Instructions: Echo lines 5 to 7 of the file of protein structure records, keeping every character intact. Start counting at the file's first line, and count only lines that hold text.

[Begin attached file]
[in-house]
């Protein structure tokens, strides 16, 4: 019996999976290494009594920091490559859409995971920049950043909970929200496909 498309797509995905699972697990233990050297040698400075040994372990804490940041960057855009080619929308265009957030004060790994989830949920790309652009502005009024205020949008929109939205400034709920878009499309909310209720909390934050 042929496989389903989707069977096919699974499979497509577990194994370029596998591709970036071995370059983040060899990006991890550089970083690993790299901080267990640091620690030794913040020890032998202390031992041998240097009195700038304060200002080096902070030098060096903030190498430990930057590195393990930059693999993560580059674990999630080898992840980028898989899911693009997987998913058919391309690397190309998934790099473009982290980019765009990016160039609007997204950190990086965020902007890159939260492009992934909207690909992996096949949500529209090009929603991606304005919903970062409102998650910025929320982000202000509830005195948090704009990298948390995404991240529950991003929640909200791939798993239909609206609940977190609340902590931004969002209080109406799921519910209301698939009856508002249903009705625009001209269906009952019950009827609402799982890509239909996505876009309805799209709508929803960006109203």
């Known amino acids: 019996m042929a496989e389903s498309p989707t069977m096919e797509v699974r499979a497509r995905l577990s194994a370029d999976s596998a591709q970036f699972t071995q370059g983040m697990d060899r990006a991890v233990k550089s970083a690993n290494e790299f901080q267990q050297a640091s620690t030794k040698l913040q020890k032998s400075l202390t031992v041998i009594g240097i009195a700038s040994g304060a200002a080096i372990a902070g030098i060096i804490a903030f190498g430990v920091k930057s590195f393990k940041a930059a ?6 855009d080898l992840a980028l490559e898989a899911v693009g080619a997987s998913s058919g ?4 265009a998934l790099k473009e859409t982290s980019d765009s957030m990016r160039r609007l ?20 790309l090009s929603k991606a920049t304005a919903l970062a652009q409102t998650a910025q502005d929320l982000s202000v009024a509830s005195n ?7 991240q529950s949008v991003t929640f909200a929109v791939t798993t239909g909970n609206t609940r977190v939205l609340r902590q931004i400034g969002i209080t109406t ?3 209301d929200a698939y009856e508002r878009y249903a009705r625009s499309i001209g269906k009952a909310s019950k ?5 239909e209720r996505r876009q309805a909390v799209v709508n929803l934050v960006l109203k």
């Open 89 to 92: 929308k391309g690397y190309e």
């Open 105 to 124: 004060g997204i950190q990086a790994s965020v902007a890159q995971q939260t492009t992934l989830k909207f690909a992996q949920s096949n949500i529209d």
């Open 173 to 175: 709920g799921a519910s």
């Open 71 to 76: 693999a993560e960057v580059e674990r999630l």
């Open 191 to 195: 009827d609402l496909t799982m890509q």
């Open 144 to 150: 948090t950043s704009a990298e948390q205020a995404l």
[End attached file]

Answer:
């Open 105 to 124: 004060g997204i950190q990086a790994s965020v902007a890159q995971q939260t492009t992934l989830k909207f690909a992996q949920s096949n949500i529209d």
């Open 173 to 175: 709920g799921a519910s």
């Open 71 to 76: 693999a993560e960057v580059e674990r999630l």